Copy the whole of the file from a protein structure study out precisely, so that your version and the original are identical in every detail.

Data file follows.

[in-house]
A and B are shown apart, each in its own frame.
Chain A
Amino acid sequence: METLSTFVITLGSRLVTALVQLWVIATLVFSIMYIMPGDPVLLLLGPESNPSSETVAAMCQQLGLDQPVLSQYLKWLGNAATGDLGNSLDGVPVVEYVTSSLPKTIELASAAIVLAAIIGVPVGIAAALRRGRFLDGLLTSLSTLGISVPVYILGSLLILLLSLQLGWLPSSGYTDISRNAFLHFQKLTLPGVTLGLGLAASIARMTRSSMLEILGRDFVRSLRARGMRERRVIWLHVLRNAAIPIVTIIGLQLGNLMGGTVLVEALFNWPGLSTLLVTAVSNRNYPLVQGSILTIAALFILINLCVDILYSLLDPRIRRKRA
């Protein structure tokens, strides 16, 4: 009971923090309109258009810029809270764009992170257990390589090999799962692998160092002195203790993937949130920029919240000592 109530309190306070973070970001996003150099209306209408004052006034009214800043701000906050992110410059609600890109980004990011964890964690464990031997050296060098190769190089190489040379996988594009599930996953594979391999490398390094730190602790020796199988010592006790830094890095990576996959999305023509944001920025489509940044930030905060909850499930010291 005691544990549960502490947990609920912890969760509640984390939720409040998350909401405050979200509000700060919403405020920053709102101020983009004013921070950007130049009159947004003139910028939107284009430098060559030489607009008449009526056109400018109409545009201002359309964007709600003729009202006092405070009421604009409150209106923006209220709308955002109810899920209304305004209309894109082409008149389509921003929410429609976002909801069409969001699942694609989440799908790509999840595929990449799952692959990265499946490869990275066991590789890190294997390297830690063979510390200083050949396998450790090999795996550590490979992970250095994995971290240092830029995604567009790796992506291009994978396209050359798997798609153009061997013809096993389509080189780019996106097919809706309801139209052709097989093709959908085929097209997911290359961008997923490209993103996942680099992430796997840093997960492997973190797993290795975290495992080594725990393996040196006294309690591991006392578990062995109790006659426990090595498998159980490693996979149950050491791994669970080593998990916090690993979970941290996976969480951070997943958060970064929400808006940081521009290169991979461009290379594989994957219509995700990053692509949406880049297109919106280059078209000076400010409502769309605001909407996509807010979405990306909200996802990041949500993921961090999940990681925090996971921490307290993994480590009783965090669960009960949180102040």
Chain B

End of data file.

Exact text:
[in-house]
A and B are shown apart, each in its own frame.
Chain A
Amino acid sequence: METLSTFVITLGSRLVTALVQLWVIATLVFSIMYIMPGDPVLLLLGPESNPSSETVAAMCQQLGLDQPVLSQYLKWLGNAATGDLGNSLDGVPVVEYVTSSLPKTIELASAAIVLAAIIGVPVGIAAALRRGRFLDGLLTSLSTLGISVPVYILGSLLILLLSLQLGWLPSSGYTDISRNAFLHFQKLTLPGVTLGLGLAASIARMTRSSMLEILGRDFVRSLRARGMRERRVIWLHVLRNAAIPIVTIIGLQLGNLMGGTVLVEALFNWPGLSTLLVTAVSNRNYPLVQGSILTIAALFILINLCVDILYSLLDPRIRRKRA
């Protein structure tokens, strides 16, 4: 009971923090309109258009810029809270764009992170257990390589090999799962692998160092002195203790993937949130920029919240000592 109530309190306070973070970001996003150099209306209408004052006034009214800043701000906050992110410059609600890109980004990011964890964690464990031997050296060098190769190089190489040379996988594009599930996953594979391999490398390094730190602790020796199988010592006790830094890095990576996959999305023509944001920025489509940044930030905060909850499930010291 005691544990549960502490947990609920912890969760509640984390939720409040998350909401405050979200509000700060919403405020920053709102101020983009004013921070950007130049009159947004003139910028939107284009430098060559030489607009008449009526056109400018109409545009201002359309964007709600003729009202006092405070009421604009409150209106923006209220709308955002109810899920209304305004209309894109082409008149389509921003929410429609976002909801069409969001699942694609989440799908790509999840595929990449799952692959990265499946490869990275066991590789890190294997390297830690063979510390200083050949396998450790090999795996550590490979992970250095994995971290240092830029995604567009790796992506291009994978396209050359798997798609153009061997013809096993389509080189780019996106097919809706309801139209052709097989093709959908085929097209997911290359961008997923490209993103996942680099992430796997840093997960492997973190797993290795975290495992080594725990393996040196006294309690591991006392578990062995109790006659426990090595498998159980490693996979149950050491791994669970080593998990916090690993979970941290996976969480951070997943958060970064929400808006940081521009290169991979461009290379594989994957219509995700990053692509949406880049297109919106280059078209000076400010409502769309605001909407996509807010979405990306909200996802990041949500993921961090999940990681925090996971921490307290993994480590009783965090669960009960949180102040």
Chain B